Anonymous said...

I agree wih you about the TV show Numb3rs. It is very intelligent and unique,

Anonymous said...

I was only in Californai 3 months (from my native Scotland) when I found myself asking a shop assistant where the trolleys were.

After several attempts at explaining what a trolley was I elaborated with "You Know! The thing you push your messages around in "

"Messages"? .....

americanteacher said...

I have enjoyed the discussion of the differences among British, American and Australian English. It is fascinating. When I teach phonics, I like to include information on the derivation of spellings for the various speech sounds in English. I think it makes learning decoding and spelling skills fun to learn. I also think it helps unravel some of the confusion over the various spellings for students and helps them to remember.

Terrycel said...

I am English, so lavatory to me means the toilet or loo. American means the sink in a bathroom. An american lady told me she shaved her legs in the lavatory. I thought "how disgusting" I pictured her with her foot in the toilet. Later I found out she meant the sink. Anyway, this has been a story that has produced many laughs.
Terry C.

Howard said...

Whilst I haven't lived there for a while now I am from the UK originally. My first contact with American English was when I was living in Japan. I had only just starting working in Tokyo myself and was about 33/34yo at the time. I was put in charge of a young 17 yo intern from the US and we were sorting out some paperwork using plain pencil and paper.

Me: noticing I had made a mistake in the paperwork "Do you have a rubber?"
Intern: W'w'w'w what?
Me: (initially wondering why the strange reaction). Ah, I mean an eraser, sorry.. British English.
Intern: (visible look of relief).
It is strange sometimes how English has changed throughout the world particularly where it is used as a first language. I lived in South Africa for a while too...

Anonymous said...

Another good one is crack/craic --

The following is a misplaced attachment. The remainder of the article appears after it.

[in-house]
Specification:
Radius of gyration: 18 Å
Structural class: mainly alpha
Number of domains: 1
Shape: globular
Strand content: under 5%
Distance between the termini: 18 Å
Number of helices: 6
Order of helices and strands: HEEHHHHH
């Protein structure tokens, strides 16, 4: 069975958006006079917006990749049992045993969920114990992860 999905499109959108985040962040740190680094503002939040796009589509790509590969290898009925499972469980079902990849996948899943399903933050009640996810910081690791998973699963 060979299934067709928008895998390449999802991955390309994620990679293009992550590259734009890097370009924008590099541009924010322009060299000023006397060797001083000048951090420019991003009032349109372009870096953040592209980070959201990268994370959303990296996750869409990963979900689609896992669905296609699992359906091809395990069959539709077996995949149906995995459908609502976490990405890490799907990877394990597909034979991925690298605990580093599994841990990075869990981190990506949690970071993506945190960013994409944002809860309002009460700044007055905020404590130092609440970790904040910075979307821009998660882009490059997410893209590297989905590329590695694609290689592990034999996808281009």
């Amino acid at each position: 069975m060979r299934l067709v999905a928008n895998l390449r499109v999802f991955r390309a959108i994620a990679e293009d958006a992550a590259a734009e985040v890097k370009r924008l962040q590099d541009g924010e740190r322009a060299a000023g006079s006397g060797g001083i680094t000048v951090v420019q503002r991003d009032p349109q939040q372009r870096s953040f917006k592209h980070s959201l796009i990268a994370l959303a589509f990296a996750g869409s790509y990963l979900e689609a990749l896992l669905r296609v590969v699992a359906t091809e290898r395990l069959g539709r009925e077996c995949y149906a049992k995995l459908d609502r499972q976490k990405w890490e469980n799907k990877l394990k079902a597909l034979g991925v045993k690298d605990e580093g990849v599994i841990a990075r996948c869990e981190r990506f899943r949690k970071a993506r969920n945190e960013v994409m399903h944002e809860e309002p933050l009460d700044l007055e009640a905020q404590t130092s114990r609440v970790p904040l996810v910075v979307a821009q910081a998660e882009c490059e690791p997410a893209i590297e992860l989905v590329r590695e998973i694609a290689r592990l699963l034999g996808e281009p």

to the irish and brits it can mean 'fun' but use that one in the us and you'll probably be considered an addict!

Diakea said...

Hello Daniel. I am just finishing "Born on a Blue Day"-CONGRATULATIONS on a wonderful achievement! I've been an Anglophile since childhood, I love Britspeak! I also love the Harry Potter books, so I now know that a "jumper" is what we Yanks would call a sweater, and "cheers" means thanks. Regarding your initial post on this topic, I don't think anyone refers to a "baby carriage" any more. The common usage would be "baby buggy" or "stroller." We would say "bandaid" rather than bandage for your plaster, here as in England bandage connotes a larger injury. Neither of these is incorrect, just not the most common usage. I'll bet in other sections of America, there are other word usages particular to those areas (I'm in western Pennsylvania, where we drink "pop" rather than "soda"!)I hope that you will visit our country again sometime (bring Neil with you!) all your fans here would love to meet you!

Anonymous said...

This post is to correct the individual who posted eight posts up from the bottom. I have had scones before, and they are similar to our American biscuits, but they are not American biscuits! Our biscuits are much lighter and fluffier than scones, and they are never sweetened. Also, most Americans hate to be called "yanks" because they are not all "yanks."
The term "yank" or "yankee" refers to an American from the North East. In the South, generally the term is used in negetive conotations. It has been many years since the American Civil War, but there are still some scars. "Yank" or "yankee" is in many cases used by people from the South East to poke fun at or ridicule someone from the North East. Even those southerners who have no prejudices against their northern brothers are offended when they are called "yankee." The term just isn't correct. We are different groups of people with different cultures. We eat different foods, we practice different traditions, and we have different dialects. Because certain denominations of Christianity are more prominent in different sections of the United States, to some degree there is also a difference between northerners and southerners in religious beliefs and how Chrisitanity is practiced.